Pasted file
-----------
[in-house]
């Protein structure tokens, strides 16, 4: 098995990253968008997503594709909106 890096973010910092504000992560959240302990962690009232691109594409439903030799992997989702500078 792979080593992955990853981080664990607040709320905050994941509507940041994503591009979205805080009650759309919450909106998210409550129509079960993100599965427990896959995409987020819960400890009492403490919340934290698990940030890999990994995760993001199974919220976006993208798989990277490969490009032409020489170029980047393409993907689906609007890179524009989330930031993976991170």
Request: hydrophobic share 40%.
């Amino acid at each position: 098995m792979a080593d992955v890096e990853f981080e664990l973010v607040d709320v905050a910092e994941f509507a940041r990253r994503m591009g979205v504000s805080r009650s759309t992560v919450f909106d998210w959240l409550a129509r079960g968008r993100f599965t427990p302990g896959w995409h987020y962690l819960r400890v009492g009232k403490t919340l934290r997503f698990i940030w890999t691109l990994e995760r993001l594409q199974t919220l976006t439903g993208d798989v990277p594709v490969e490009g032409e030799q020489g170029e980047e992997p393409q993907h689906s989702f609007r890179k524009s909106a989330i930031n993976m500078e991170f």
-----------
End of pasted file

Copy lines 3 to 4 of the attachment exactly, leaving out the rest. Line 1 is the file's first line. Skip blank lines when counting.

Request: hydrophobic share 40%.
């Amino acid at each position: 098995m792979a080593d992955v890096e990853f981080e664990l973010v607040d709320v905050a910092e994941f509507a940041r990253r994503m591009g979205v504000s805080r009650s759309t992560v919450f909106d998210w959240l409550a129509r079960g968008r993100f599965t427990p302990g896959w995409h987020y962690l819960r400890v009492g009232k403490t919340l934290r997503f698990i940030w890999t691109l990994e995760r993001l594409q199974t919220l976006t439903g993208d798989v990277p594709v490969e490009g032409e030799q020489g170029e980047e992997p393409q993907h689906s989702f609007r890179k524009s909106a989330i930031n993976m500078e991170f």